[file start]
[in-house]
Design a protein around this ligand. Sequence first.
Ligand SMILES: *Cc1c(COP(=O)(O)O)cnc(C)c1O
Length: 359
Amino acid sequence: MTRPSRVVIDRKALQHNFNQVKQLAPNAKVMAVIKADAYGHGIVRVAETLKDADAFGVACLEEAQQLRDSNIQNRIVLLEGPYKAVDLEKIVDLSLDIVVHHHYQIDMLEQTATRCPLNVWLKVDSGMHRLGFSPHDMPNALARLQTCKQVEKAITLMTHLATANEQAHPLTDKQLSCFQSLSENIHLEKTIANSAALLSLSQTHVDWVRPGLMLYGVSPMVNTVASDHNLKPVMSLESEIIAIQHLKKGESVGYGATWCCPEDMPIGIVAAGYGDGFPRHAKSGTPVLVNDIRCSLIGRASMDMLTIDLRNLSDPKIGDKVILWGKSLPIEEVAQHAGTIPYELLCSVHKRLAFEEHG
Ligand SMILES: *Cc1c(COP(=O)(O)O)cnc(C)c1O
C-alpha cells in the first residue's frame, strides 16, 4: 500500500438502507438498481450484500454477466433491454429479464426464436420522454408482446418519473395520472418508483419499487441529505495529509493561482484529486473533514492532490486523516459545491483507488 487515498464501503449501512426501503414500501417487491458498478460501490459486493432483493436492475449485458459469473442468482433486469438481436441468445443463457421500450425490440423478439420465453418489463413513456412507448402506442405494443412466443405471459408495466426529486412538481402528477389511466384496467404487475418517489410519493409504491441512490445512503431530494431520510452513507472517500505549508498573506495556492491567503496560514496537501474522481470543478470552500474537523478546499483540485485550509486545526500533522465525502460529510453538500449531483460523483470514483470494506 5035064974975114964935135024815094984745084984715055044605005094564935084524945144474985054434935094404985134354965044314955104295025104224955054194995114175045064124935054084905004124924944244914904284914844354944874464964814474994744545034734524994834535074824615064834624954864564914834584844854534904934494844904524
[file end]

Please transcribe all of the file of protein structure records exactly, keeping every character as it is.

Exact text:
[in-house]
Design a protein around this ligand. Sequence first.
Ligand SMILES: *Cc1c(COP(=O)(O)O)cnc(C)c1O
Length: 359
Amino acid sequence: MTRPSRVVIDRKALQHNFNQVKQLAPNAKVMAVIKADAYGHGIVRVAETLKDADAFGVACLEEAQQLRDSNIQNRIVLLEGPYKAVDLEKIVDLSLDIVVHHHYQIDMLEQTATRCPLNVWLKVDSGMHRLGFSPHDMPNALARLQTCKQVEKAITLMTHLATANEQAHPLTDKQLSCFQSLSENIHLEKTIANSAALLSLSQTHVDWVRPGLMLYGVSPMVNTVASDHNLKPVMSLESEIIAIQHLKKGESVGYGATWCCPEDMPIGIVAAGYGDGFPRHAKSGTPVLVNDIRCSLIGRASMDMLTIDLRNLSDPKIGDKVILWGKSLPIEEVAQHAGTIPYELLCSVHKRLAFEEHG
Ligand SMILES: *Cc1c(COP(=O)(O)O)cnc(C)c1O
C-alpha cells in the first residue's frame, strides 16, 4: 500500500438502507438498481450484500454477466433491454429479464426464436420522454408482446418519473395520472418508483419499487441529505495529509493561482484529486473533514492532490486523516459545491483507488 487515498464501503449501512426501503414500501417487491458498478460501490459486493432483493436492475449485458459469473442468482433486469438481436441468445443463457421500450425490440423478439420465453418489463413513456412507448402506442405494443412466443405471459408495466426529486412538481402528477389511466384496467404487475418517489410519493409504491441512490445512503431530494431520510452513507472517500505549508498573506495556492491567503496560514496537501474522481470543478470552500474537523478546499483540485485550509486545526500533522465525502460529510453538500449531483460523483470514483470494506 5035064974975114964935135024815094984745084984715055044605005094564935084524945144474985054434935094404985134354965044314955104295025104224955054194995114175045064124935054084905004124924944244914904284914844354944874464964814474994744545034734524994834535074824615064834624954864564914834584844854534904934494844904524